"I think we're now at the table for questions of policy, not just questions of communication. We're being asked what to do, rather than just what to say," he says. "We're aggressive about asking for a greater share [of marketing dollars], and our competitors should be as well."
As consumers continue to turn away from their TVs to alternative media outlets, marketers are seeking affordable and novel ways to reach them, and public relations agencies are helping them do that.
While Edelman realized only incremental growth over the last year (its fiscal 2004, which ended in June, saw revenues rise 3.3%, to $222.7 million), one could argue that the company is one of the most successful holdouts from the consolidation game. It is the PR world's biggest independent.
New clients added since January include Merisant Co. and Veritas Software Corp.; longtime accounts Microsoft Corp., Samsung and Pfizer have increased their PR spending or added new markets.
Edelman's most recent personnel coup was snaring two Hollywood higher-ups to bolster its entertainment offerings. Ferris Thompson, former head of marketing at United Talent Agency, joined as president-entertainment marketing practice. Sandy Climan, previously a senior manager at Creative Artists Agency and now managing director of VC firm Entertainment Media Ventures, entered into an exclusive partnership with Edelman.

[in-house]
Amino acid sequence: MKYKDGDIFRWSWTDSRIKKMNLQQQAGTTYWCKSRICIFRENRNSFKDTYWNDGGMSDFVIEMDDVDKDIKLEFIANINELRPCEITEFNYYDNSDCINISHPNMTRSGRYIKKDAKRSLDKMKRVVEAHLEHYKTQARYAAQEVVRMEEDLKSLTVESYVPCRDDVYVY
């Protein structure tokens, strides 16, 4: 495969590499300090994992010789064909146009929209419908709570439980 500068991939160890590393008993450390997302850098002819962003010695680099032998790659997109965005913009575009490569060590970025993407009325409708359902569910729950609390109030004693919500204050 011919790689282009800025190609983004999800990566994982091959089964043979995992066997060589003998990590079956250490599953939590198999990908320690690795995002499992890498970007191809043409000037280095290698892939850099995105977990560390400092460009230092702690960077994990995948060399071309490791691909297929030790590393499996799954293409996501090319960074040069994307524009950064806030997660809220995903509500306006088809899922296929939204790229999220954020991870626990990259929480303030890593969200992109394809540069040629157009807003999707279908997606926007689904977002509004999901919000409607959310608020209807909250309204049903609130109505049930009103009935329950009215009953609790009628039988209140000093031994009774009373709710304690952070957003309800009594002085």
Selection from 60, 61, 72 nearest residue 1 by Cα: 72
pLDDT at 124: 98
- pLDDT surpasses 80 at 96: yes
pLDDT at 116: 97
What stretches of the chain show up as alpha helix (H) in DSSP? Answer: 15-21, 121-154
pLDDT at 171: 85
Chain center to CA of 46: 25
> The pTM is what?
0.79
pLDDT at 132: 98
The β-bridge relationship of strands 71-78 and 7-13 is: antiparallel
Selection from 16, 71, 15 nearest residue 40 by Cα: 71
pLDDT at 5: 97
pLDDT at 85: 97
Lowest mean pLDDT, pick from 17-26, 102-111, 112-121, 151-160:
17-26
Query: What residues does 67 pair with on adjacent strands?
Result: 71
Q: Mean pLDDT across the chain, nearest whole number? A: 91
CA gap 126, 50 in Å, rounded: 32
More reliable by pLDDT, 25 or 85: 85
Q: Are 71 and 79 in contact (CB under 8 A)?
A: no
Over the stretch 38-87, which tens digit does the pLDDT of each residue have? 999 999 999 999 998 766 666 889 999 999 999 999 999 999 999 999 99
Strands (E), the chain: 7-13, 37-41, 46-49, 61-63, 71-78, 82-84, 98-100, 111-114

As for the future, Mr. Edelman doesn't rule out the possibility of aligning with a global communications behemoth. He concedes that there are pluses but quickly notes that "the notion that being owned by a holding company is valuable for PR firms" has not been proved. "Until it is, I see no reason to change anything."